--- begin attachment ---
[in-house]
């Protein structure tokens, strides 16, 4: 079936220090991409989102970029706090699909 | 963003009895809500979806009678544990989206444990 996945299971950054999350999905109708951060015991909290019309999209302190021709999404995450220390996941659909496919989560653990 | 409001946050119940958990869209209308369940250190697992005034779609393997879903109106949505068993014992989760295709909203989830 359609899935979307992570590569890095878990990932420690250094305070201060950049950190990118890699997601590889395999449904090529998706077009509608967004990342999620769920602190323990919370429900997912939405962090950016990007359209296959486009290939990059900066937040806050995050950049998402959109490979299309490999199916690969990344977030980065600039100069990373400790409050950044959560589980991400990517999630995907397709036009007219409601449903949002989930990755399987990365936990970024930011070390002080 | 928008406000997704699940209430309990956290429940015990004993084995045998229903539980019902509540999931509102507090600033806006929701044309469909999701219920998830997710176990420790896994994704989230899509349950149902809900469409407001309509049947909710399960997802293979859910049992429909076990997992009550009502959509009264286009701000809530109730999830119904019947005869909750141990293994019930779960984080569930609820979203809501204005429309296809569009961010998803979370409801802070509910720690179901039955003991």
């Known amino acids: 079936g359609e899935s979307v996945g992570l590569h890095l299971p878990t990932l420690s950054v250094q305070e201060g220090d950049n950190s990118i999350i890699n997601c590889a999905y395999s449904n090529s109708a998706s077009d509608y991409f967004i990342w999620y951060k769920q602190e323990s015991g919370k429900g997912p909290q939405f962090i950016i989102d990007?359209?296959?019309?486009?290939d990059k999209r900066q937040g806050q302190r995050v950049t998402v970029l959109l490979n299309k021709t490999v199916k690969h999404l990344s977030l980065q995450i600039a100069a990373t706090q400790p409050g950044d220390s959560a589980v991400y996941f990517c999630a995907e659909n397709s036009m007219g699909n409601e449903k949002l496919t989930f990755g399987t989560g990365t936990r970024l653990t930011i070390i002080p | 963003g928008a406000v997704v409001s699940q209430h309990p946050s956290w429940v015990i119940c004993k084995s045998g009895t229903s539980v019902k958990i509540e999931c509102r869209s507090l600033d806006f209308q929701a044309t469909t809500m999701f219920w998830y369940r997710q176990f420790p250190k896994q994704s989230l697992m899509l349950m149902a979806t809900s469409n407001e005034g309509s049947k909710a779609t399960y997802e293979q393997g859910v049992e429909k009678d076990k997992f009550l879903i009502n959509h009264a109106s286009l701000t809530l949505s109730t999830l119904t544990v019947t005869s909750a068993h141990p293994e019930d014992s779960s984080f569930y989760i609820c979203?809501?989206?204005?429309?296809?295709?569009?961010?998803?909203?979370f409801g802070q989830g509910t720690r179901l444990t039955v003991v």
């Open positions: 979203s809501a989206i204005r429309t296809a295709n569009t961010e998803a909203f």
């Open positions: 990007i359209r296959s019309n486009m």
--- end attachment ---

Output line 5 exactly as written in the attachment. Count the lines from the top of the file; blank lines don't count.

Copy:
């Open positions: 990007i359209r296959s019309n486009m």